current counsel would have to withdraw. At a hearing on April 28, 2017 counsel
conveyed to me that at a substantial part of the information needed to evaluate the
Questions, as such, may presuppose facts, but implicature is ordinarily within the province of assertions,
possible Martinez claim is subject to the attorney-client privilege, the attorney workproduct doctrine, or a duty to maintain confidentiality under Pa. R.P.C. 1.6.
By memorandum dated May 24, 2017 (Doc. No. 88), counsel for Mr. Keaton
advised that Mr. Keaton, having considered the issues raised at the April 28, 2017
hearing, wished to waive any potential Martinez claim and proceed with his
longstanding relationship with current counsel. Doc. No. 88, at 2-3. Counsel proposes
that I either colloquy Mr. Keaton about the waiver, or appoint additional counsel for the
sole purpose of advising him about the waiver. The Commonwealth advised me that they
have elected not to submit a post-argument memorandum, but will rely on their
positions as previously argued. Doc. No. 91.
There is no Sixth Amendment right to appointment of counsel in habeas
proceedings. See Pennsylvania v. Finley, 481 U.S. 551, 555 (1987) (“our cases establish
that the right to appointed counsel extends to the first appeal of right, and no further”);
Parham v. Johnson, 126 F.3d 454, 456-57 (3d Cir. 1997) (holding that there is no
constitutional right of counsel conferred upon indigent civil litigants). Mr. Keaton is no
longer facing a death sentence in this case, and so he is not entitled to an attorney under
28 U.S.C. § 3006A. See Harbison v. Bell, 556 U.S. 180, 184–85 (2009). Rule 8(c) of the
Rules Governing Section 2254 Proceedings provides that a magistrate judge must
appoint counsel if an evidentiary hearing is necessary. See U.S. v. Iasiello, 166 F.3d 212,
213 (3d Cir. 1999) (interpreting the same rule in a 2255 proceeding). Rule 8(c) does not
make provision for the appointment of additional conflict counsel, but neither does it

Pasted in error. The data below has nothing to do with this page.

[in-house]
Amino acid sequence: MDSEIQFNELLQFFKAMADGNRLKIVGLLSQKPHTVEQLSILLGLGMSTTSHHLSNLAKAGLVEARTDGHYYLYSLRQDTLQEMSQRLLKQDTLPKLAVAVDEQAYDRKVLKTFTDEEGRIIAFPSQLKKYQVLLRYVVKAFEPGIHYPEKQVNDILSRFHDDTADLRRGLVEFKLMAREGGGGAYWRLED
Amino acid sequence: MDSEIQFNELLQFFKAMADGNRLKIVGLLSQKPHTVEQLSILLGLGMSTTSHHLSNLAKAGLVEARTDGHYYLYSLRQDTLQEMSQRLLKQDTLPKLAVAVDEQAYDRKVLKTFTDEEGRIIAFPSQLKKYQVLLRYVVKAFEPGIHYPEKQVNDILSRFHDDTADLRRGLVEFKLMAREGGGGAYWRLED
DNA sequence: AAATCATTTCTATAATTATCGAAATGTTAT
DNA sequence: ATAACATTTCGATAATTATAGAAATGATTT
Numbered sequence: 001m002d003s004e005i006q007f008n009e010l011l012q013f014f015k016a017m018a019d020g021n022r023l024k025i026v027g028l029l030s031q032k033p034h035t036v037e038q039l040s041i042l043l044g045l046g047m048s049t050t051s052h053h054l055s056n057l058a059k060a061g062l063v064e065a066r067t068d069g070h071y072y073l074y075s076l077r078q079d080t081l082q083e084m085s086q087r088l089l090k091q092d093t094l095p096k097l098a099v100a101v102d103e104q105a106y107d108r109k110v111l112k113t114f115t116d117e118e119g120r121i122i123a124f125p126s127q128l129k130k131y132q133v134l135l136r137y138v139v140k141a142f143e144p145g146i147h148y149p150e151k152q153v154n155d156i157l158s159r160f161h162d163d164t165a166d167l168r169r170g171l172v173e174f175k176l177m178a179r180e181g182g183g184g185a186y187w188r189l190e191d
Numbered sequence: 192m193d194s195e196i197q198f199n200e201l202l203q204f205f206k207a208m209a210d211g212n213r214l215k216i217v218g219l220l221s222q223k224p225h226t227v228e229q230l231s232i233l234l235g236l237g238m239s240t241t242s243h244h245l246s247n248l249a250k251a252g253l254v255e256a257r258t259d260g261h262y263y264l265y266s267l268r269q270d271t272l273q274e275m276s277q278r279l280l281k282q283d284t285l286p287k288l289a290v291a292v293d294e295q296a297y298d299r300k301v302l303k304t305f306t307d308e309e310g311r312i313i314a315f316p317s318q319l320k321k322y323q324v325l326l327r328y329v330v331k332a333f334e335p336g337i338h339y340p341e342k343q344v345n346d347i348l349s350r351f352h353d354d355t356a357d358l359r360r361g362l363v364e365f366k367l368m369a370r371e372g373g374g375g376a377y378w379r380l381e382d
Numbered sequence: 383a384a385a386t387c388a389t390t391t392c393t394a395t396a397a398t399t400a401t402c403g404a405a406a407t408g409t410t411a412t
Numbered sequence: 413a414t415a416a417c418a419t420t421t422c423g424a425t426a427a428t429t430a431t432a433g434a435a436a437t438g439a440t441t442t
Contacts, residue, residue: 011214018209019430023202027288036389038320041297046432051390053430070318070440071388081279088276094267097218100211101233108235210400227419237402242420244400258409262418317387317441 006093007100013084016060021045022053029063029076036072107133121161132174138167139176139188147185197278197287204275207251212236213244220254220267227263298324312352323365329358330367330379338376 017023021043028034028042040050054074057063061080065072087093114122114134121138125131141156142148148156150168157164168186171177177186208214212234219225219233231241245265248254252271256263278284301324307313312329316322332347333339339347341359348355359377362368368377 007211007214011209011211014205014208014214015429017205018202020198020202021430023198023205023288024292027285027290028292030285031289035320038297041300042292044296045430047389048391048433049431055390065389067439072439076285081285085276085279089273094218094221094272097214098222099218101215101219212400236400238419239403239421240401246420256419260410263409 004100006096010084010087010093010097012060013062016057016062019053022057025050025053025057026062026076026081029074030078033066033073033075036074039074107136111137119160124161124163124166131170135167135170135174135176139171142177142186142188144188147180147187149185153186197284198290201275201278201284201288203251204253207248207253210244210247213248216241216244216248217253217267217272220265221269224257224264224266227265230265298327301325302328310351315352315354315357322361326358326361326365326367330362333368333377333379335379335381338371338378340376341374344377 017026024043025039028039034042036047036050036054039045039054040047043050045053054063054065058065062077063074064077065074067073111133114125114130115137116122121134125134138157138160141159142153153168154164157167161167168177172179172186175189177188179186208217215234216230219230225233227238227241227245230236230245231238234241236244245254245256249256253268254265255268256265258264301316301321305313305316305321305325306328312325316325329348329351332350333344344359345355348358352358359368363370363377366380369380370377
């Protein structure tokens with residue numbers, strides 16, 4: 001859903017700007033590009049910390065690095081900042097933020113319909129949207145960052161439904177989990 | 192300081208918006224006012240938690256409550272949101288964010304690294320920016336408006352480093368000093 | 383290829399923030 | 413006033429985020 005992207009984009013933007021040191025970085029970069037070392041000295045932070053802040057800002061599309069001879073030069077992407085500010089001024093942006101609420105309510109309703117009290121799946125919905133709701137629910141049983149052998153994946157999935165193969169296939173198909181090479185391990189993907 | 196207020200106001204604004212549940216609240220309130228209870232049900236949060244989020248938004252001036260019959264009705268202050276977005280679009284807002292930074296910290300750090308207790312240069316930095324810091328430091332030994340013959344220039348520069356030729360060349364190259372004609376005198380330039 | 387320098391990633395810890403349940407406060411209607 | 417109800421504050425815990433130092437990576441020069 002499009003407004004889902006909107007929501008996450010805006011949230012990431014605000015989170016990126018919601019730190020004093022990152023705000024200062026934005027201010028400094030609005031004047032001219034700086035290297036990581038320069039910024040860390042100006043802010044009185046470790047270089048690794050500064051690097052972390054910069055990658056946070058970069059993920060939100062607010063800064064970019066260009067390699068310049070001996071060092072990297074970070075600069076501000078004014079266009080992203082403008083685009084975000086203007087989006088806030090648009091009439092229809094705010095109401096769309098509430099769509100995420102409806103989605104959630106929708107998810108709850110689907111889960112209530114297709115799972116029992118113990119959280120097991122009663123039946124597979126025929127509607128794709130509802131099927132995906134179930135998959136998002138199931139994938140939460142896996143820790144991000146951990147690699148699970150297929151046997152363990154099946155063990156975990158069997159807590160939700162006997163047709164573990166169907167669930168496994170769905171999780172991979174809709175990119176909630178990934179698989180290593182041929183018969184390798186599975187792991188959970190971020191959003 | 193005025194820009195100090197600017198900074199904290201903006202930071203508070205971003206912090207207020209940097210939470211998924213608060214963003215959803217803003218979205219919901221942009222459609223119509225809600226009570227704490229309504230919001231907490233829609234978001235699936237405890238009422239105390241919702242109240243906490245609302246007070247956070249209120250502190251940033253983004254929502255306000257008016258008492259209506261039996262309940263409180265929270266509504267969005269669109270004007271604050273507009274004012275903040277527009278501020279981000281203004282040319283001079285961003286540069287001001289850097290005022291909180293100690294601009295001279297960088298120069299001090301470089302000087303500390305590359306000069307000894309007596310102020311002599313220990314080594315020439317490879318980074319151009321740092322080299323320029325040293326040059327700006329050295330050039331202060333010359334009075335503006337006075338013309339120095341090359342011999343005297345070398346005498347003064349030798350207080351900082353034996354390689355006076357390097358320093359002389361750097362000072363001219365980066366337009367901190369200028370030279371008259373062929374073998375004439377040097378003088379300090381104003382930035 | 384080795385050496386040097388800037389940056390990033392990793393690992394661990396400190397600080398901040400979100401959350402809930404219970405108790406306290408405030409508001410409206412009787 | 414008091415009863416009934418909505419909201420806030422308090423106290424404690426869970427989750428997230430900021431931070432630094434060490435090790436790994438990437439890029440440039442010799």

exclude such a possibility.
In order to evaluate whether to accept a waiver of a potential conflict of interest, I
must determine through a colloquy that the waiver is knowing, intelligent, and
voluntary. U.S. v. Fumo, 504 F.Supp.2d 6, 30 (E.D.Pa. 2007). To do so, I must ensure
that Mr. Keaton “understands the details of his attorney's possible conflict of interest
and the potential perils of such a conflict, that he has discussed the matter with his
attorney or if he wishes with outside counsel[.]” U.S. v. Dolan, 570 F.2d 1177, 1181 (3d
Cir. 1978). An appropriate colloquy requires a detailed description of the nature of the
conflict and of the potential pitfalls of proceeding with a conflicted attorney. See U.S. v.
Scarfo, 980 F.Supp. 803, 808–11 (E.D.Pa. 1997). I must question Mr. Keaton “most
explicitly” about the “nature of the conflict and [his] awareness of the conflict.”
Government of Virgin Islands v. Zepp, 748 F.2d 125, 139 (3d Cir. 1984). Ordinarily I
must “conduct an evidentiary hearing or factual inquiry to determine whether
disqualification is appropriate.” Id. In this case I lack the detail that would make a
colloquy effective. See, e.g., Scarfo, 980 F.Supp. at 808-11.
Before conducting a colloquy with Mr. Keaton or deciding whether to appoint
conflict counsel, I will require counsel for Mr. Keaton to create and submit a privilege
log. Such a log is a useful first step in deciding what information is privileged and what
is not. See In re Avandia Marketing, Sales Practices and Products Liability, 2009 WL
4807253, at *1 (E.D.Pa. 2009); Fourth Age Limited v. Warner Bros. Digital
Distribution, Inc., 2014 WL 12584447, at *4 (C.D.Cal. 2014). As with any preliminary
evidentiary issue, I must determine whether a privilege applies to specific evidence, and
whether an exception excuses its application. See Fed. R. Evid. 104(a); U.S. v. Zolin, 491
U.S. 554, 565 (1989). Once I have determined which relevant facts are privileged and
which are not, I can proceed to assess the nature and extent of the attorney-client
conflict in the light of available facts.
Absent these steps, a colloquy will be an exercise in “imparting vaguely
contoured, abstract advice” that is unlikely to be effective in ensuring that a waiver is
knowing, intelligent, and voluntary. Dolan, 570 F.2d at 1182 and n.8. Nor will
preparation of a privilege log be unduly burdensome in this case. The universe of
documents that pertain to this issue is likely to be small, and counsel is both skillful and
familiar with the history of the case, having represented Mr. Keaton, with substantial
success, for 17 years. Mr. Keaton’s right to conflict-free counsel, his waiver of that right,
and my colloquy all deserve to be grounded in the relevant facts.
For these reasons, I will issue an order requiring the petitioner’s counsel to
submit a privilege log under seal. I will deny the petitioner’s motion (Doc. No. 80),
without prejudice to the petitioner’s right to seek additional relief after the privilege log
has been submitted.
BY THE COURT:
_s/Richard A. Lloret
RICHARD A. LLORET
U.S. Magistrate Judge